In 1993 BranScan Ltd was founded, to design a system that could measure Bran specks in flour. The original concept of measuring bran specks in flour came from a group of millers, their idea was to create a new way of measuring the quality of flour accuratley and consitently without having to resort to the ASH value, as in the UK this could not be used due to the addition of calcium into the flour.
The first system developed was the BranScan 1000 in-line speck measurement system. Quickly adopted by flour mills around the world to monitor flour quality in real time. The method of capturing the sample was and still is unique and insures that the sample is collected in the same way every time, this means that the miller has confidence in the results show on the display in the control room.
The second system to be developed was the BranScan 2000, a bottom loader system that displayed all of the same data as the BranScan 1000 system, but designed to be used "at line" or in the laboratory. These systems were quickly adopted for use by many mills to insure quality of the flour being produce, and also as a check method for the inline Branscan 1000
In 2003 BranScan launched the new Fluoroscan, which replaced the original BranScan instruments. Fluoroscan measures the mineral content of flour (Bran and Aleurone) and as such provides an accurate ASH reading to within +/- 0.2 to reference (reference being furnace method).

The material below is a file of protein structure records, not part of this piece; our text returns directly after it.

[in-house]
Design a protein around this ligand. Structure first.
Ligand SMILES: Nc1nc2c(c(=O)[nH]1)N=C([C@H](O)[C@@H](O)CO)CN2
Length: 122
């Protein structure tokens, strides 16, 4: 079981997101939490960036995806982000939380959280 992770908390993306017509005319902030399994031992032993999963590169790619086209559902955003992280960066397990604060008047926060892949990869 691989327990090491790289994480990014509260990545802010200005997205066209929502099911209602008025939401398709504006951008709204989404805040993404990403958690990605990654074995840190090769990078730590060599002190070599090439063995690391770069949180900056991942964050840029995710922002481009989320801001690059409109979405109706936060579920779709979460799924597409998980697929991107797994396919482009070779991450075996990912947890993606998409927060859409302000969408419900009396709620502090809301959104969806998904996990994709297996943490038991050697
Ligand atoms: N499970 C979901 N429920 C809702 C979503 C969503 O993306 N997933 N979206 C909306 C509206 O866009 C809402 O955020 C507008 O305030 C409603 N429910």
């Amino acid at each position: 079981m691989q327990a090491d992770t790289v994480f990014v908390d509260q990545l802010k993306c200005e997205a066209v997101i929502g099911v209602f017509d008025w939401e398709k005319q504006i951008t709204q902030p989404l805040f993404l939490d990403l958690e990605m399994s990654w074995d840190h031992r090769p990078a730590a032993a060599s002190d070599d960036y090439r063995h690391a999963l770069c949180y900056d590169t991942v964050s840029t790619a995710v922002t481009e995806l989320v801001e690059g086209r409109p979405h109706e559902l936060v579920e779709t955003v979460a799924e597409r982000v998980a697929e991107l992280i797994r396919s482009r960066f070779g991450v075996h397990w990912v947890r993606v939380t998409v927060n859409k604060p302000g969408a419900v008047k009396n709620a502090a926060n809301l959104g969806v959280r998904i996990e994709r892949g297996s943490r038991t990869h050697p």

A new laboratory instrument was also launched at the same time featuring a much more user friendly top loading method, and with an all new user friendly software interface it has become one of the quickest and most accurate laboratory ASH measurement systems available.
An updated version of the In-line BranScan 1000 was also released, however the orignial well proven sampling method was kept the same.
Due to this unique sampling ability in 2010 an NIR was added to the system, follwing the basic principle of NIR, the flour is collected and measured the same way each and every time. This means that the accuracy and repeatability is greatly improved over systems that measure on a falling or moving sample.